Another theory is that PHILL AELONY is one of the most brilliant up-and-coming guitarists in the music business. His intensely individual composition style is matched by his unique guitar playing, and everything he writes and plays seems to serve the same grand, beautiful purpose.

This record is fantastic. You should buy it and listen to it a lot.

Friday, November 15, 2013

Fundamental shift in damn near everything

I haven't updated in almost two months. This is probably because adjusting to a completely new way of life takes a lot of time and energy, and I only like to write about life after I've had a little time to process it. I really haven't had enough time to process all the changes that have happened since I moved from Austin to Brooklyn, but it's been too long and there are some exciting things coming up. So, we'll give it a shot.

Living without a car in a fourth-floor walkup in the middle of a neighborhood dominated by Islander immigrants is about as different an experience from living next to Zilker Park as I can imagine, at least within the United States. Some things are much more convenient, others much less. But I love the subway, I love not owning a car, and I love Brooklyn. Ditmas Park, Cobble Hill, Williamsburg, Brooklyn Heights, Park Slope, and even my Flatbush have tremendous character, flavor, and soul, all different from each other. Most of the people I've met have been lovely, and I'm constantly thrust into new situations where I learn more about myself and my environment. It's exactly what I need.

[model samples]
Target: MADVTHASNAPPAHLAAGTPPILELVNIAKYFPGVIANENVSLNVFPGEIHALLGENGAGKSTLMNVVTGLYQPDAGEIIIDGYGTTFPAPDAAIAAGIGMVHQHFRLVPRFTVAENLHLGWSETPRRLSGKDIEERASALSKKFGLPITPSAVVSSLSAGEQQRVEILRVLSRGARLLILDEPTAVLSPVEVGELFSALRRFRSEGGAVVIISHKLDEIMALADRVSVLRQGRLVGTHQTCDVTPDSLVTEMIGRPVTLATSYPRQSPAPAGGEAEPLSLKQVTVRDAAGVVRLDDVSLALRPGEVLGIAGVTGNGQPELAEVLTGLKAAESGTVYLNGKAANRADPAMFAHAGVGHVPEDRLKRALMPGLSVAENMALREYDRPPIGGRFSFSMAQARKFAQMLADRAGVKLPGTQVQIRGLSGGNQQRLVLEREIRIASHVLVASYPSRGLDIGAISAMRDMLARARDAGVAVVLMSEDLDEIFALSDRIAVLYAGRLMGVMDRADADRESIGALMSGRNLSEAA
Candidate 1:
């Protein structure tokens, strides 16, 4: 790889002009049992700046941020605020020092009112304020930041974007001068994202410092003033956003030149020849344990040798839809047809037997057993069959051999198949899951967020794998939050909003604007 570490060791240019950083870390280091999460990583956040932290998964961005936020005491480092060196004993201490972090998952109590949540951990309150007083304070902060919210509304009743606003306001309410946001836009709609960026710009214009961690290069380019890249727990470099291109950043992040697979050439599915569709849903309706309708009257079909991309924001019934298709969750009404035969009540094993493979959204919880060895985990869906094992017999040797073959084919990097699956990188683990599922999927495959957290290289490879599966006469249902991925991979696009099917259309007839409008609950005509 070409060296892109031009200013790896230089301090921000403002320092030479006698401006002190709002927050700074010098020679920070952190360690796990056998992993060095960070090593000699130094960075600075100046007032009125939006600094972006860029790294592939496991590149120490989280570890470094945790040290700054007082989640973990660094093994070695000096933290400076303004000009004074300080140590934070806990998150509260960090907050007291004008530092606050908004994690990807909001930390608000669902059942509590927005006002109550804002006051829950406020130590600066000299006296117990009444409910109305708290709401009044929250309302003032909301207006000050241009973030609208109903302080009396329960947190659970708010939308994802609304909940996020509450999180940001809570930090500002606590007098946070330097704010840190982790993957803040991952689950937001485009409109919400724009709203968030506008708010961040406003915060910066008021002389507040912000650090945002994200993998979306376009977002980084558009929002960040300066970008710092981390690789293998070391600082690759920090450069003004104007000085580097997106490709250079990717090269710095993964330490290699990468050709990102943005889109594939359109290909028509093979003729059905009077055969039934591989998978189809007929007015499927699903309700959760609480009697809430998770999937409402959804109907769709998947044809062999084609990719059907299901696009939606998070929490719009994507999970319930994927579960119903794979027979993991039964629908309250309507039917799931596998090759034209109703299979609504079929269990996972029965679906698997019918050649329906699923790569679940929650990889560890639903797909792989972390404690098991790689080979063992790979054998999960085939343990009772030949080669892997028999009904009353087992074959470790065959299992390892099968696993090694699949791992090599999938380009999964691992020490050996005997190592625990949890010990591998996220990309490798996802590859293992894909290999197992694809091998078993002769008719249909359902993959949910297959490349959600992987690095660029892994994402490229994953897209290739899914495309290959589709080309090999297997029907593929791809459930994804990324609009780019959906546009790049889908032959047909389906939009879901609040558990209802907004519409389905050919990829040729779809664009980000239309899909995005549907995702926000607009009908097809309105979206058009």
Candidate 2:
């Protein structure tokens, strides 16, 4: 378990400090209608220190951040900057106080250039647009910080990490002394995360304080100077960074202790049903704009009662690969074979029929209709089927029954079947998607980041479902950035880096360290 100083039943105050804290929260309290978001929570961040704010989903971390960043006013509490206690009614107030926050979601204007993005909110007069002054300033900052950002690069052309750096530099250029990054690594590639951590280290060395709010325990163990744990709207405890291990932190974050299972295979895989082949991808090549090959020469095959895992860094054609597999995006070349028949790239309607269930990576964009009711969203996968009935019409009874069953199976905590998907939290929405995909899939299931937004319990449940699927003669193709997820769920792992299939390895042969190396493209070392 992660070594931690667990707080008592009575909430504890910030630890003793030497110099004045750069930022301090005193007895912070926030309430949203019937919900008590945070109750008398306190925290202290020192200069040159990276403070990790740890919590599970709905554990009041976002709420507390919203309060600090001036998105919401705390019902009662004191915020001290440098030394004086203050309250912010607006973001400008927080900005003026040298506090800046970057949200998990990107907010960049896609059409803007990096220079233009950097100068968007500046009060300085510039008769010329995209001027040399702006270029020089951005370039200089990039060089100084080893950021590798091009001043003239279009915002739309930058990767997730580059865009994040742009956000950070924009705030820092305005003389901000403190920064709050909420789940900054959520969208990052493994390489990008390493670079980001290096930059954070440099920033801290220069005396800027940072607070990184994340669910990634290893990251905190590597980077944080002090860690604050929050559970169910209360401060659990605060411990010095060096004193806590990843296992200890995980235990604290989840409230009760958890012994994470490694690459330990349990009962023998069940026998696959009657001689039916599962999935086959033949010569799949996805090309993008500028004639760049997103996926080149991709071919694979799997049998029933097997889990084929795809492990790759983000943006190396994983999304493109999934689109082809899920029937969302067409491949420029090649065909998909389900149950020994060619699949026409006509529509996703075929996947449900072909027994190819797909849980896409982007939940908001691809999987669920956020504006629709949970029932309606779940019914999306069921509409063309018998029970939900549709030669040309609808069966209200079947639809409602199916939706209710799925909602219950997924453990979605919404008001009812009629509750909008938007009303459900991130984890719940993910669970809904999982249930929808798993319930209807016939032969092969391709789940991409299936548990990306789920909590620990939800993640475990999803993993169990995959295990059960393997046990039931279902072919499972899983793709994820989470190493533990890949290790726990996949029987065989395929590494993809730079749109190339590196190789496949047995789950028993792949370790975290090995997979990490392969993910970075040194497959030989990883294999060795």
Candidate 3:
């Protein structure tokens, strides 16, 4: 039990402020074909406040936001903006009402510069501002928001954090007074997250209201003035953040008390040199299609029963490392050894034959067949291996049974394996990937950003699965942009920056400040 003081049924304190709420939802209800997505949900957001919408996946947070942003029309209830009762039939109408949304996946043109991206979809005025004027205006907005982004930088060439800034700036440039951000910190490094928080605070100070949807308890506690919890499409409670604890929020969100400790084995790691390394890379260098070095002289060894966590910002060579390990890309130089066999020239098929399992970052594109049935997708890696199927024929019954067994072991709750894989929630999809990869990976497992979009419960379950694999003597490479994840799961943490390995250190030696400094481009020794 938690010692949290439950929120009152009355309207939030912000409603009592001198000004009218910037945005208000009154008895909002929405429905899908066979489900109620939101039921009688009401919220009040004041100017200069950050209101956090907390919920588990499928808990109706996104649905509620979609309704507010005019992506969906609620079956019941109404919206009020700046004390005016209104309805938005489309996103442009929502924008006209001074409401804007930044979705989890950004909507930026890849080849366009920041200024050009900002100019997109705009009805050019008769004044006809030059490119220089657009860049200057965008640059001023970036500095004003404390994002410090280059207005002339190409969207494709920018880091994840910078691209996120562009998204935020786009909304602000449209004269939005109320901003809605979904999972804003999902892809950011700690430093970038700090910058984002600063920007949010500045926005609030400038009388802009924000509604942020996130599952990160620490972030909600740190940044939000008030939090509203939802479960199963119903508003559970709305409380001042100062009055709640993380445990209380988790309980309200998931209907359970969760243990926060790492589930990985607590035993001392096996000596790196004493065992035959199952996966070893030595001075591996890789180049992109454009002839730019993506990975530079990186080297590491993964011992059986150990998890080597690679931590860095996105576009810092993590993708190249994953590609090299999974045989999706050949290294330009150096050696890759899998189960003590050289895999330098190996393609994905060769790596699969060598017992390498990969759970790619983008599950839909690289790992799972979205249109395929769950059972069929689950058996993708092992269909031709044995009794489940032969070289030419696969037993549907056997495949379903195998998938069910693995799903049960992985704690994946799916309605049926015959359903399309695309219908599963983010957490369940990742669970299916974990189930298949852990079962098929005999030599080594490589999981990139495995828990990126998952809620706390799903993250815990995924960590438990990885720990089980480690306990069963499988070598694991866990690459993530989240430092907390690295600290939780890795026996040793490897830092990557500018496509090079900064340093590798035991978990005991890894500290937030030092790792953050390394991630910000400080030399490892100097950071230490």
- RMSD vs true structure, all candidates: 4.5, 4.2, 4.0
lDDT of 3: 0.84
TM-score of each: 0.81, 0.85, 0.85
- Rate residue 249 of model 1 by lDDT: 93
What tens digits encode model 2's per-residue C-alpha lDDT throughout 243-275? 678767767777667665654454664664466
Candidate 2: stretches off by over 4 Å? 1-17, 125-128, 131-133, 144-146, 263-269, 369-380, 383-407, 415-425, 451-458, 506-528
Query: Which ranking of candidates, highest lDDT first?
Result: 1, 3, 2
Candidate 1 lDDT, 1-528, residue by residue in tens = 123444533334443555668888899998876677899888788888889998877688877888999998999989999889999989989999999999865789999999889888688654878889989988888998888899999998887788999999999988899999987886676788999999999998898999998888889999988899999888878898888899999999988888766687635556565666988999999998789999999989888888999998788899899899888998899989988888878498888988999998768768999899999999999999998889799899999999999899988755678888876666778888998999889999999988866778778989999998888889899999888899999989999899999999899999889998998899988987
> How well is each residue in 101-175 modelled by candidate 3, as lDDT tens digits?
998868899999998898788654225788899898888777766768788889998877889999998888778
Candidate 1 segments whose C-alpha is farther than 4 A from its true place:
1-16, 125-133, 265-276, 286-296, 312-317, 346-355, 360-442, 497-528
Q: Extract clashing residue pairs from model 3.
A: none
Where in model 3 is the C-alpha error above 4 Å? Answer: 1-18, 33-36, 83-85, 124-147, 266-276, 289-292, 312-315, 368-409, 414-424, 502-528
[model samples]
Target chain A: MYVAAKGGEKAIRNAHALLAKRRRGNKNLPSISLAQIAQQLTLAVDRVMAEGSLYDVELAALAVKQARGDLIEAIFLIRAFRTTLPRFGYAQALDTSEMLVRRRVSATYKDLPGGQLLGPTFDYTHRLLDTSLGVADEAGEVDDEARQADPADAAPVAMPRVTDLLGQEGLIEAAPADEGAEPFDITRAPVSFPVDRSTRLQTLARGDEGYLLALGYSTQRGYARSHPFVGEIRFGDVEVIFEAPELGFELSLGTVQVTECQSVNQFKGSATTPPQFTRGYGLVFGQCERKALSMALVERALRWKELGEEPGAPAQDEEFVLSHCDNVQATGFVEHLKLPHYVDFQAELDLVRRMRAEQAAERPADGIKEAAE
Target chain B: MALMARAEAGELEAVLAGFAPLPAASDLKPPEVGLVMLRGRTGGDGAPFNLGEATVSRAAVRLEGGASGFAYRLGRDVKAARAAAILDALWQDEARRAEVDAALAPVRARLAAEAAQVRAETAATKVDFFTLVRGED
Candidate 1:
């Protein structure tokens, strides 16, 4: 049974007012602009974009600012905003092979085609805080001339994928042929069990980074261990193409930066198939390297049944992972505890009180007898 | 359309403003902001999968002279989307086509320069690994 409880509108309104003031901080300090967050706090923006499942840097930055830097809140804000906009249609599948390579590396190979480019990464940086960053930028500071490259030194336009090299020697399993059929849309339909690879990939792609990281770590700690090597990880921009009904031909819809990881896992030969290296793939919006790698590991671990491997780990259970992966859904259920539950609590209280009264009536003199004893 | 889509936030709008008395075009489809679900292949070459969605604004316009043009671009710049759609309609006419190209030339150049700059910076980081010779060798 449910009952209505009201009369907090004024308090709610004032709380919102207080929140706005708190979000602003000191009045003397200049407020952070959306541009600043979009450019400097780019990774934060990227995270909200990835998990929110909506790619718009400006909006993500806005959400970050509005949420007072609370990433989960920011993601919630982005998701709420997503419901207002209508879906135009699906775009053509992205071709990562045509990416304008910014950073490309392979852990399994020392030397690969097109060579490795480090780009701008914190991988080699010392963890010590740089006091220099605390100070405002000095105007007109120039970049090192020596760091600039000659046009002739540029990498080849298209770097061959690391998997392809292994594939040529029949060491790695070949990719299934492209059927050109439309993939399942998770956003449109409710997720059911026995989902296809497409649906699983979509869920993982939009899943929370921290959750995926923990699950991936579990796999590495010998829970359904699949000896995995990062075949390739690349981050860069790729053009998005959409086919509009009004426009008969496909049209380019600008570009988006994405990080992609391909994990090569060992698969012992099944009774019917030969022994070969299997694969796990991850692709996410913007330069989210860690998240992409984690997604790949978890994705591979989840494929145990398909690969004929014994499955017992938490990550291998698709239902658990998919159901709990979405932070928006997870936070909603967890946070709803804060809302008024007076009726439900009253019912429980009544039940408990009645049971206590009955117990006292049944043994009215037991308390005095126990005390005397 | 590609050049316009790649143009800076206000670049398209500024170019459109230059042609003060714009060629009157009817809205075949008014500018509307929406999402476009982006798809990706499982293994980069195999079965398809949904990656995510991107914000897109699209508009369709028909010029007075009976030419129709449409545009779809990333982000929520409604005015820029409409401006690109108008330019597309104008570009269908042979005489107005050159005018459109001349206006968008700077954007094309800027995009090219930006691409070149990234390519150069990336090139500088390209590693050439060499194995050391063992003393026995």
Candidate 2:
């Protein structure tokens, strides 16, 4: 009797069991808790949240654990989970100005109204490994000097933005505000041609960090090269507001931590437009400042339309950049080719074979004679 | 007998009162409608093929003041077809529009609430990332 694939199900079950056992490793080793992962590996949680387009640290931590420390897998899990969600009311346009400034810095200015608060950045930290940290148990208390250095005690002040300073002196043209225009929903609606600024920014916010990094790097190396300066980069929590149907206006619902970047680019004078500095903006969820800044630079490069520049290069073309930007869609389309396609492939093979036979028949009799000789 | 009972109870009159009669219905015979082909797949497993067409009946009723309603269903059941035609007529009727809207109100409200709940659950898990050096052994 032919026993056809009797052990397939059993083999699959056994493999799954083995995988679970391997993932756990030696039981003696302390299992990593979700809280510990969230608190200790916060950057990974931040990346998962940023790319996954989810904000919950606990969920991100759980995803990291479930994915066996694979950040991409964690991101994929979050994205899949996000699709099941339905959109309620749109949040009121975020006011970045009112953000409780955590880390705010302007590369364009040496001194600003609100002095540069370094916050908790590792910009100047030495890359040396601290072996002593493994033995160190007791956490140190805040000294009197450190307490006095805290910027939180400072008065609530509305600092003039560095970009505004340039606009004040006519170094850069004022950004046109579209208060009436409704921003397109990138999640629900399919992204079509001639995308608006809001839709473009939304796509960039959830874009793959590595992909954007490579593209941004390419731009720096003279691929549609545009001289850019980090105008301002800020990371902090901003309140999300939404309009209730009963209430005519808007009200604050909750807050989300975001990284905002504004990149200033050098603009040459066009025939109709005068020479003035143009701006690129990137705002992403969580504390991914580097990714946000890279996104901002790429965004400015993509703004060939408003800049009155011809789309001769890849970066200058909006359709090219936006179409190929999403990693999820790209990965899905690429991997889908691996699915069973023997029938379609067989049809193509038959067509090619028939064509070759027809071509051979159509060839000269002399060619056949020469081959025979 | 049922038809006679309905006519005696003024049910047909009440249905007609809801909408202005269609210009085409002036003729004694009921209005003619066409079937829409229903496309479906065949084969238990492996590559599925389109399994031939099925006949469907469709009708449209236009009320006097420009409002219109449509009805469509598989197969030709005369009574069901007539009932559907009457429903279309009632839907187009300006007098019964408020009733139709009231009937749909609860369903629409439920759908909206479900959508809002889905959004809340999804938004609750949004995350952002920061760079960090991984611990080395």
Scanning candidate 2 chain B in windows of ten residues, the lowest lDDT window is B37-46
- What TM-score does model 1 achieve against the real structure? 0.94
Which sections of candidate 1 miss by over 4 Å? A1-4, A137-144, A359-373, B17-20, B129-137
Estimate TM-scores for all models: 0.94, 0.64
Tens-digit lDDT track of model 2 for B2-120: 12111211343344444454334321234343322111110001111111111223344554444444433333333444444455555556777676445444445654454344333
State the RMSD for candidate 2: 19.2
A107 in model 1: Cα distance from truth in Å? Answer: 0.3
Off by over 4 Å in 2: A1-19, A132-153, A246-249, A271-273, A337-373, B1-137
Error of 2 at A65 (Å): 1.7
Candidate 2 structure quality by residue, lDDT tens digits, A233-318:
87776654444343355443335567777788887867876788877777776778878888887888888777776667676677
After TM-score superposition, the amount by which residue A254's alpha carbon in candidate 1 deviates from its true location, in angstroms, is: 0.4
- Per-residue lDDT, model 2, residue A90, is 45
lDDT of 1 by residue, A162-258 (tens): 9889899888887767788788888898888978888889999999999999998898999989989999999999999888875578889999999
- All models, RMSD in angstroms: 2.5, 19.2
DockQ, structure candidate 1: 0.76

Getting together to play with people is tough, especially since most of my closest musician-friends are out of town much of the time. Still, booking gigs has been relatively easy compared to getting started in Austin. Progger is playing at ShapeShifter Lab, one of my favorite venues in the country, on November 25, and I'm really eager to see how it goes. A few of us will be at Spike Hill a few days before that on November 21 for a warm-up, and on both shows I'll have some help from a couple of my Snarky Puppy bros.

Then we'll be heading back to Austin to start work on our next album in January. I can't believe it's been over a year since we recorded Beatmaker. What an insane year.

Here are some live videos from our September run with the Funky Knuckles:

Here's one
Here's two
Here's three
Here's four

Upcoming shows:
11/21/13: my quartet at Spike Hill, Brooklyn, NY, 11:30pm
11/25/13: Progger at ShapeShifter Lab, Brooklyn, NY, 7:00pm
1/10/14: Progger and the Funky Knuckles at One2One, Austin, TX, 9:00pm